The Alfa Romeo 159 Sportwagon: Ride And Handling | Part Two

Alfa Romeo 159 Sportwagon

Alfa Romeo 159 Sportwagon

Steering

All Alfa Romeos are renowned for their direct, lively and responsive steering feel. The Alfa 159 Sportwagon is no exception, and is fitted with hydraulically power assisted, speed sensitive steering which achieves an effective balance between low speed manoeuvrability and high speed accuracy and feel. With just 2.33 turns lock-to-lock and a ratio of 12.7 degrees of steer for every degree of steering wheel input, the new Alfa 159 Sportwagon offers the most direct steering in its class.

The telescopic steering column is divided into two sections for comfort and safety. The lower section is collapsible to ensure that steering wheel position is maintained relative to the driver during an impact. The upper section offers both reach and rake adjustment to the driver. A steel bracket and a rigid magnesium mounting prevent vibration.

Careful matching of the steering geometry to the wheel arch volume has facilitated high steering angles even with the largest tyres fitted, affording the new Alfa a turning circle of just 11.1 metres between kerbs.

Q4 four-wheel drive

The V6 3.2 JTS engined Alfa 159 Sportwagon, 159 saloon and Brera are all equipped, as standard, with Alfa Romeo’s Q4 permanent four-wheel drive system. Q4 employs three differentials, with a self-locking Torsen C unit at the centre of the system which divides drive torque by a ratio of 57% to the rear wheels and 43% to the front.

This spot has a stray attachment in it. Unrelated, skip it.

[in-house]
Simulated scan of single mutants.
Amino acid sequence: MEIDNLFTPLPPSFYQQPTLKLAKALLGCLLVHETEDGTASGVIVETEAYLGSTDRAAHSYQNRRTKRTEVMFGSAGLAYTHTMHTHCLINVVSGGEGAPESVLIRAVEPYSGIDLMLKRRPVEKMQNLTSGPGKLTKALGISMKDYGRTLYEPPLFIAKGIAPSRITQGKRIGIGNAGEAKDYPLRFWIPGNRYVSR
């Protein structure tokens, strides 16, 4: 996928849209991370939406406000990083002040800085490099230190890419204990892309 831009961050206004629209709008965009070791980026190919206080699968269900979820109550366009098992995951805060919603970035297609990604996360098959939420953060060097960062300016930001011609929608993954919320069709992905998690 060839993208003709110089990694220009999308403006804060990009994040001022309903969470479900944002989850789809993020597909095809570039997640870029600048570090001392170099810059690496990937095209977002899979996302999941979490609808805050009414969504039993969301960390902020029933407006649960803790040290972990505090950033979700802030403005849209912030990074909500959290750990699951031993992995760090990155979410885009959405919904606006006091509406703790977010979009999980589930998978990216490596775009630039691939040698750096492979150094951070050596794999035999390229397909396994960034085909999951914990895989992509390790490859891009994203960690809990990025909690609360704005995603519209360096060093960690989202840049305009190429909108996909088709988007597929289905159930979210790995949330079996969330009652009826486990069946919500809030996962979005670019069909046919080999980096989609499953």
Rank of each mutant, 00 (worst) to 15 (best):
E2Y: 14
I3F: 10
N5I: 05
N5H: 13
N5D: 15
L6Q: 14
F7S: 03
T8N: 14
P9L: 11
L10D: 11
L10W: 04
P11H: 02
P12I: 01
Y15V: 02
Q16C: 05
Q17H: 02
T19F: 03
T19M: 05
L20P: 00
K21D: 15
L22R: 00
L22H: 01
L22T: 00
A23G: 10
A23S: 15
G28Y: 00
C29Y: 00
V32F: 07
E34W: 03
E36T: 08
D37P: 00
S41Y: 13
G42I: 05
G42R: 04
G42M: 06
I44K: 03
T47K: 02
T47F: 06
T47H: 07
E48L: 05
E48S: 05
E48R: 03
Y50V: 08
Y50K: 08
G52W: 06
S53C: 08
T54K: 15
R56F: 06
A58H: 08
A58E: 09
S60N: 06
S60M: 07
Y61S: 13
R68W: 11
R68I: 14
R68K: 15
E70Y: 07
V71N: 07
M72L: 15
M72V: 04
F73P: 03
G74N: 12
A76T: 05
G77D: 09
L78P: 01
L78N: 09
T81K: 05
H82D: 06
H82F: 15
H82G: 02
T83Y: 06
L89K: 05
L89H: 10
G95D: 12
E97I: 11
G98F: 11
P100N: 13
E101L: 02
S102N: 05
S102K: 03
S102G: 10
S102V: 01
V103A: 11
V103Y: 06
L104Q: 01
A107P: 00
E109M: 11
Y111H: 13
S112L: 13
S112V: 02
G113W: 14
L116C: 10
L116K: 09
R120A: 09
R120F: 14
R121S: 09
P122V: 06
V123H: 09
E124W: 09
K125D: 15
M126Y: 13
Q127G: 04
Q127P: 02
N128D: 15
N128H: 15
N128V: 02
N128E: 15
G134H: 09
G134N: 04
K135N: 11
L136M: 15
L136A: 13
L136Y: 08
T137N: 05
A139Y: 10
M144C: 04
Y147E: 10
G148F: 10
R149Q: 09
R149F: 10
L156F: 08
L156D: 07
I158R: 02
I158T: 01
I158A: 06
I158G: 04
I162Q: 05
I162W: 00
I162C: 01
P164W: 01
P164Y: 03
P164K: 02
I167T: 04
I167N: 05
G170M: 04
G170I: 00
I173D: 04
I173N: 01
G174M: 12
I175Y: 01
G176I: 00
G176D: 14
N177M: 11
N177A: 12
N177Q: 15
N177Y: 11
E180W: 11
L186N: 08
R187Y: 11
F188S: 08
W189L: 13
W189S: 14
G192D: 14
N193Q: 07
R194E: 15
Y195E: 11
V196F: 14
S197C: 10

Torque split between front and rear axles is constantly modulated by the central Torsen differential on the basis of available grip, with a bias towards the rear axle promoting sporting handling appropriate to the marque. Modulation is mechanical and continuous to guarantee the smoothest possible power delivery, and the system is further enhanced by the full range of electronic stability controls to guarantee optimum traction and performance under all driving conditions.

Q4 in more detail

This all new system was specifically developed and tailor-made to fulfil the performance and packaging requirements of Alfa 159, 159 Sportwagon and Brera. It is an evolution of the Q4 System first seen in the Alfa Romeo Crosswagon Q4, and has been developed in conjunction with ZF Gmbh.

Designed with the aim of further improving Alfa Romeo’s widely appreciated handling and traction characteristics, the system is a permanent AWD, based on a three differential concept, with the centre unit being a Torsen C type. The system has a base split defined as 43:57 front:rear, but changes its behaviour according to road and dynamic conditions, the Torsen unit being finely tuned to deliver the desired characteristics.

The Torsen C central differential and the front differential are integrated in one compact unit, built into the gearbox. The system has been designed to accommodate several engines, and manual and automatic gearboxes, both featuring six speeds.